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#NeurIPS2021 invited talks round-up: part three – the collective intelligence of army ants

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27 January 2022



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The 35th conference on Neural Information Processing Systems (NeurIPS2021) featured eight invited talks. In the last of our series of round-ups, we give a flavour of the final presentation.

The collective intelligence of army ants, and the robots they inspire

Radhika Nagpal

Radhika’s research focusses on collective intelligence, with the overarching goal being to understand how large groups of individuals, with local interaction rules, can cooperate to achieve globally complex behaviour. These are fascinating systems. Each individual is miniscule compared to the massive phenomena that they create, and, with a limited view of the actions of the rest of the swarm, they achieve striking coordination.

Looking at collective intelligence from an algorithmic point-of-view, the phenomenon emerges from many individuals interacting using simple rules. When run by these large, decentralised groups, these simple rules result in highly intelligent behaviour.

The subject of Radhika’s talk was army ants, a species which spectacularly demonstrate collective intelligence. Without any leader, millions of ants work together to self-assemble nests and build bridge structures using their own bodies.

One particular aspect of study concerned self-assembly of such bridges. Radhika’s research team, which comprised three roboticists and two biologists, found that the ants created bridges adapt to traffic flow and terrain. The ants also disassembled the bridge when the flow of ants had stopped and it wasn’t needed any more.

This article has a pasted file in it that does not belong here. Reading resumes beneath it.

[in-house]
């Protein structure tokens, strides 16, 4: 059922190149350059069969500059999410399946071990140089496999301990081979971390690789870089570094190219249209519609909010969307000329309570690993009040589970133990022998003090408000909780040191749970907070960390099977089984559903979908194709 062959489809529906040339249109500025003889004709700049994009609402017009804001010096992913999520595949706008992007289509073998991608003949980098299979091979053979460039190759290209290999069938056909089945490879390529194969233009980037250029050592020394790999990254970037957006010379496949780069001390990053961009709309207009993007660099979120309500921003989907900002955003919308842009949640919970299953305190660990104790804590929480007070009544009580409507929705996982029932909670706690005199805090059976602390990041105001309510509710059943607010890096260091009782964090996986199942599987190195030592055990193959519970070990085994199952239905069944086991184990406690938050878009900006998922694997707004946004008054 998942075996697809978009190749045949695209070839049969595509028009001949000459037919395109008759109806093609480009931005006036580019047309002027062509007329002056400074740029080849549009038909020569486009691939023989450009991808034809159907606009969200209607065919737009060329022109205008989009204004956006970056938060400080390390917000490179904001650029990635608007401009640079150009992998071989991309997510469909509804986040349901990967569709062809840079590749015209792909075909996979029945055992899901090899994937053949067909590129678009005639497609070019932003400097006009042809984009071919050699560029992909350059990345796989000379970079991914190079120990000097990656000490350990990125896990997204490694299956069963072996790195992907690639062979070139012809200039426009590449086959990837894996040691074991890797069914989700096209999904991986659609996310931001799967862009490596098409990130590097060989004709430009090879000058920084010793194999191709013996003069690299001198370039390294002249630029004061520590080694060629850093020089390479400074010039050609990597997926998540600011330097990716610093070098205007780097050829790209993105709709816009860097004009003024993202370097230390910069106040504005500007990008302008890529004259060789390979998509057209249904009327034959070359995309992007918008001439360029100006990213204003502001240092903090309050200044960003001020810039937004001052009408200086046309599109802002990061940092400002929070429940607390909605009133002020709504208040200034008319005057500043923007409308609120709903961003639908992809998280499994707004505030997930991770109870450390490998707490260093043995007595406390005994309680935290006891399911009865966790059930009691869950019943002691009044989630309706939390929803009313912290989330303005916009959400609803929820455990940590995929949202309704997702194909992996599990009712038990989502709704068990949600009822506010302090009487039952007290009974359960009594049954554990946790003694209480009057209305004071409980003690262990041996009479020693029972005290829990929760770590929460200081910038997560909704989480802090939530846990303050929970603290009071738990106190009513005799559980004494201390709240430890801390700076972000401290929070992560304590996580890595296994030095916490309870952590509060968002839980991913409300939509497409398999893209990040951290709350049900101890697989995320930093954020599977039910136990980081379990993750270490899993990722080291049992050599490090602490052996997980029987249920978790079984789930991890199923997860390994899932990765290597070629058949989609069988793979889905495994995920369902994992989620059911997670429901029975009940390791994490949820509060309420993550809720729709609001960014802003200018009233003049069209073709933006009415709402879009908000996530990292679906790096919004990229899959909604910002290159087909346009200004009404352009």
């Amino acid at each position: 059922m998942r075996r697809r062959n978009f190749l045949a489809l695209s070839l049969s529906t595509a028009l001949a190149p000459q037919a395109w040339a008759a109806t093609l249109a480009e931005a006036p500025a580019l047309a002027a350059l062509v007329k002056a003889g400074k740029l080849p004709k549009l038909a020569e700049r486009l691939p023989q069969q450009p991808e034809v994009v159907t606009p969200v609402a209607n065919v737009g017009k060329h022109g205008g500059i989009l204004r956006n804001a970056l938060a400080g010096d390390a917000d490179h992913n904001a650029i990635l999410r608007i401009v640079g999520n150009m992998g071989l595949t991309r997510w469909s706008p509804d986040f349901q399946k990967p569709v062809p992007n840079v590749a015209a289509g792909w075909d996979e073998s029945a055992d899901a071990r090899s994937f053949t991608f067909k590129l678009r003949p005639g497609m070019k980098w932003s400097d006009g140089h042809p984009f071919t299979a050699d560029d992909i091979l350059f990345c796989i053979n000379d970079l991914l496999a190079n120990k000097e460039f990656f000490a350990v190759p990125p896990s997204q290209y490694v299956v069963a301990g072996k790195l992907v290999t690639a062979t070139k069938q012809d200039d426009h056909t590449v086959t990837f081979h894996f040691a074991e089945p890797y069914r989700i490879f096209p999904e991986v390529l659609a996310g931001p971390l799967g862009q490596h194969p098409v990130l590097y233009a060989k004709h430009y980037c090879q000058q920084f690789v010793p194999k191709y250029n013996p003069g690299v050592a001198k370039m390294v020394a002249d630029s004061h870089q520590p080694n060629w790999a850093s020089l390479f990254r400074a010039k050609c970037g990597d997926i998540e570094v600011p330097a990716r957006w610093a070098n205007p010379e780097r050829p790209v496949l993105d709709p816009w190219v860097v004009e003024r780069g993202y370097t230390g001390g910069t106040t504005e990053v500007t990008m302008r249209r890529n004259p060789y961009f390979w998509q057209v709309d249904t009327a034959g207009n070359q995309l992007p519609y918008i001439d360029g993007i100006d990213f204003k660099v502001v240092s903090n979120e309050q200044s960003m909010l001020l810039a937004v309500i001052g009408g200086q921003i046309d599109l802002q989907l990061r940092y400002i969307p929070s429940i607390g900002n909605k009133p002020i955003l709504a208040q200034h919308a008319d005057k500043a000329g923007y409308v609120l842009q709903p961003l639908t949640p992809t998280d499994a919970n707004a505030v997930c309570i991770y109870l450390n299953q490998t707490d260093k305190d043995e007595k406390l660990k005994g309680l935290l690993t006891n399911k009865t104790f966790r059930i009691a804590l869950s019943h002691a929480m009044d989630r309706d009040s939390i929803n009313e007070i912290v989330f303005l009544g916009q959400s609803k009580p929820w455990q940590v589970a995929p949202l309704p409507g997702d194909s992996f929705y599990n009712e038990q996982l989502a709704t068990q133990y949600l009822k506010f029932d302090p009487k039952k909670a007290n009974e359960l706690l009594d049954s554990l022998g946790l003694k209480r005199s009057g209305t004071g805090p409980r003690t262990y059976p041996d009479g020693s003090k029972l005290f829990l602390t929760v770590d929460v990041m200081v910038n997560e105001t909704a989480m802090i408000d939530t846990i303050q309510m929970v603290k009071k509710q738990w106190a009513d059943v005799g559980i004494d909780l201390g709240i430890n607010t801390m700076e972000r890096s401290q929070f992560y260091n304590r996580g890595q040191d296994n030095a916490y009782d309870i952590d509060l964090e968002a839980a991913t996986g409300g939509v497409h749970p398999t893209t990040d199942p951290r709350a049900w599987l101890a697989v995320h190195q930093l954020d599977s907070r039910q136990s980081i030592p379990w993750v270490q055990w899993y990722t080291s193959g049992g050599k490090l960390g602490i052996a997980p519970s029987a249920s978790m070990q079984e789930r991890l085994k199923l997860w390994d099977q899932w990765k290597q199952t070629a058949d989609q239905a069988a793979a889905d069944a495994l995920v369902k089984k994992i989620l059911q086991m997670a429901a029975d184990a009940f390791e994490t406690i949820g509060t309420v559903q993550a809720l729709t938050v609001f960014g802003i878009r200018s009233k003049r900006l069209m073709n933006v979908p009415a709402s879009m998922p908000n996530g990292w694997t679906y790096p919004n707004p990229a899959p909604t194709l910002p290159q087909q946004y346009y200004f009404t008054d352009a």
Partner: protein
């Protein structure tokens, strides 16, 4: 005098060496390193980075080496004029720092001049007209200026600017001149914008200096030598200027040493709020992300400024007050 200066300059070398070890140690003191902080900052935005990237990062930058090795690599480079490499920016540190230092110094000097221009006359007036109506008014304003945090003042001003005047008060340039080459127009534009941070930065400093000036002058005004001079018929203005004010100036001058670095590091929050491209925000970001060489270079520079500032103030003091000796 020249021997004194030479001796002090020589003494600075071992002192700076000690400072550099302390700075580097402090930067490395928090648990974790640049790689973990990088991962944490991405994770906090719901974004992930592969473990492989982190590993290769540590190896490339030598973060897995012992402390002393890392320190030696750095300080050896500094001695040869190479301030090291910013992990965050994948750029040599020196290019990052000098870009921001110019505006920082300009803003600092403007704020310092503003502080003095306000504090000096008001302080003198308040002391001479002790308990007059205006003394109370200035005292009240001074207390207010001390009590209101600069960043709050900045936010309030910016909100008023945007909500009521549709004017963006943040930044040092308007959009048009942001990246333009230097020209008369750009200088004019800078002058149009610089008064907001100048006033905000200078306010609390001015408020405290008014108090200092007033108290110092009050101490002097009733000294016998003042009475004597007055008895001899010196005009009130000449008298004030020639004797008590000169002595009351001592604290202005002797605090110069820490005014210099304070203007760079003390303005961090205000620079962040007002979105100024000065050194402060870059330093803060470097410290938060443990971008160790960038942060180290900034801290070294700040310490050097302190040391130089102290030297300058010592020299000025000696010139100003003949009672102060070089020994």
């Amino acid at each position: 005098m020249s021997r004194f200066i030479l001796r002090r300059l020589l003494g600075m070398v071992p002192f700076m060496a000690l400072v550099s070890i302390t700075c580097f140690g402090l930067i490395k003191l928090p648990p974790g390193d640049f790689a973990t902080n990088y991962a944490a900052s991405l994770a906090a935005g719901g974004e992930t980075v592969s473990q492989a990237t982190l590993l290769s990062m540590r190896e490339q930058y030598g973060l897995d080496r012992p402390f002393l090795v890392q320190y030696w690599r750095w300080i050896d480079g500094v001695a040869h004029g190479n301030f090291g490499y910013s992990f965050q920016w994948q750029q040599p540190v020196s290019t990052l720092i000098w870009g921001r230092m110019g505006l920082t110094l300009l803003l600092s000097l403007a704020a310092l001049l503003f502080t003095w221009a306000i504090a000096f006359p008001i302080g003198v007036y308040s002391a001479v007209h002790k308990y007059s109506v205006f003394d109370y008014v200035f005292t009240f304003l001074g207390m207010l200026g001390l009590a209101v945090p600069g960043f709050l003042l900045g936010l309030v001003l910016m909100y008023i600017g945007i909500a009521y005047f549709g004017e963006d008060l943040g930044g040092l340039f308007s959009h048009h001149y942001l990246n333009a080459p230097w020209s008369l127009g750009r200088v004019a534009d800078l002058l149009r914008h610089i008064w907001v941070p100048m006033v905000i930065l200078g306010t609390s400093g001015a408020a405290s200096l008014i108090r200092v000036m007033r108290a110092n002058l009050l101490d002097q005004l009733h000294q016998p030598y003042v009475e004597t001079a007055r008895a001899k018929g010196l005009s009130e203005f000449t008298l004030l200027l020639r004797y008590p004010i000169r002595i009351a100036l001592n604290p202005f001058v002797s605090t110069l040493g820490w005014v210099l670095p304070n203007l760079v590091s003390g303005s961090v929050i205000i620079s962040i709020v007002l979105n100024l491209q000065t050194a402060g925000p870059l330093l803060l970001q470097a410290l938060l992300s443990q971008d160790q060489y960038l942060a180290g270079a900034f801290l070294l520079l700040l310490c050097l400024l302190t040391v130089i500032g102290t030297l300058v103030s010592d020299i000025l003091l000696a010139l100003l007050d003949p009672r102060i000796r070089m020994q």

The team proposed the following simple hypothesis to explain this behaviour using local rules: if an ant is walking along, and experiences congestion (i.e. another ant steps on it), then it becomes stationary and turns into a bridge, allowing other ants to walk over it. Then, if no ants are walking on it any more, it can get up and leave.

These observations, and this hypothesis, led the team to consider two research questions:

  • Could they build a robot swarm with soft robots that can self-assemble amorphous structures, just like the ant bridges?
  • Could they formulate rules which allowed these robots to self-assemble temporary and adaptive bridge structures?

There were two motivations for these questions. Firstly, the goal of moving closer to realising robot swarms that can solve problems in a particular environment. Secondly, the use of a synthetic system to better understand the collective intelligence of army ants.

Screenshot from Radhika's talkScreenshot from Radhika’s talk

Radhika showed a demonstration of the soft robot designed by her group. It has two feet and a soft body, and moves by flipping – one foot remains attached, while the other detaches from the surface and flips to attach in a different place. This allows movement in any orientation. Upon detaching, a foot searches through space to find somewhere to attach. By using grippers on the feet that can hook onto textured surfaces, and having a stretchable Velcro skin, the robots can climb over each other, like the ants. The robot pulses, and uses a vibration sensor, to detect whether it is in contact with another robot. A video demonstration of two robots interacting showed that they have successfully created a system that can recreate the simple hypothesis outlined above.

In order to investigate the high-level properties of army ant bridges, which would require a vast number of robots, the team created a simulation. Modelling the ants to have the same characteristics as their physical robots, they were able to replicate the high level properties of army ant bridges with their hypothesized rules.


You can read the round-ups of the other NeurIPS invited talks at these links:
#NeurIPS2021 invited talks round-up: part one – Duolingo, the banality of scale and estimating the mean
#NeurIPS2021 invited talks round-up: part two – benign overfitting, optimal transport, and human and machine intelligence



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Lucy Smith , Managing Editor for AIhub.
Lucy Smith , Managing Editor for AIhub.




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